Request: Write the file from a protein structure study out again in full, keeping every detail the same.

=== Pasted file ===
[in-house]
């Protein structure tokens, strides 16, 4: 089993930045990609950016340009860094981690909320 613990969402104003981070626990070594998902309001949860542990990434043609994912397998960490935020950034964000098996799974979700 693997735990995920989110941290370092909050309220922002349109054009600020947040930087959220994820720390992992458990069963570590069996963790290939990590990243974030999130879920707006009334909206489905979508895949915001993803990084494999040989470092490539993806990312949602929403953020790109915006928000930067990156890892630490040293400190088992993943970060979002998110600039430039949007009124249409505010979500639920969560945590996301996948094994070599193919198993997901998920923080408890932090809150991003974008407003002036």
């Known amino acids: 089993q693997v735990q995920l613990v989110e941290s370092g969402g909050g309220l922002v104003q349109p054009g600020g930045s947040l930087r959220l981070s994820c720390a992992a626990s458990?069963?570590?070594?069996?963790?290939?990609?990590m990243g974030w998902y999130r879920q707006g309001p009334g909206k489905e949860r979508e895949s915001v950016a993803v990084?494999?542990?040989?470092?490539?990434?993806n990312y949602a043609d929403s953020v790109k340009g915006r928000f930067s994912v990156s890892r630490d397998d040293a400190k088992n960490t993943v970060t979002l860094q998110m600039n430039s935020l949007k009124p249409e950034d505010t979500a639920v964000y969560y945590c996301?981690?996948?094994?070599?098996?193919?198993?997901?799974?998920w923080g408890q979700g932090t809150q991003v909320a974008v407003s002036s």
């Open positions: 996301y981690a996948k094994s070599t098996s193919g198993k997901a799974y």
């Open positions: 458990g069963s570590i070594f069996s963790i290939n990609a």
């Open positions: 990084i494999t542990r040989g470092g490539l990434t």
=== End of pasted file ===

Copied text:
[in-house]
């Protein structure tokens, strides 16, 4: 089993930045990609950016340009860094981690909320 613990969402104003981070626990070594998902309001949860542990990434043609994912397998960490935020950034964000098996799974979700 693997735990995920989110941290370092909050309220922002349109054009600020947040930087959220994820720390992992458990069963570590069996963790290939990590990243974030999130879920707006009334909206489905979508895949915001993803990084494999040989470092490539993806990312949602929403953020790109915006928000930067990156890892630490040293400190088992993943970060979002998110600039430039949007009124249409505010979500639920969560945590996301996948094994070599193919198993997901998920923080408890932090809150991003974008407003002036």
């Known amino acids: 089993q693997v735990q995920l613990v989110e941290s370092g969402g909050g309220l922002v104003q349109p054009g600020g930045s947040l930087r959220l981070s994820c720390a992992a626990s458990?069963?570590?070594?069996?963790?290939?990609?990590m990243g974030w998902y999130r879920q707006g309001p009334g909206k489905e949860r979508e895949s915001v950016a993803v990084?494999?542990?040989?470092?490539?990434?993806n990312y949602a043609d929403s953020v790109k340009g915006r928000f930067s994912v990156s890892r630490d397998d040293a400190k088992n960490t993943v970060t979002l860094q998110m600039n430039s935020l949007k009124p249409e950034d505010t979500a639920v964000y969560y945590c996301?981690?996948?094994?070599?098996?193919?198993?997901?799974?998920w923080g408890q979700g932090t809150q991003v909320a974008v407003s002036s």
């Open positions: 996301y981690a996948k094994s070599t098996s193919g198993k997901a799974y």
């Open positions: 458990g069963s570590i070594f069996s963790i290939n990609a």
């Open positions: 990084i494999t542990r040989g470092g490539l990434t």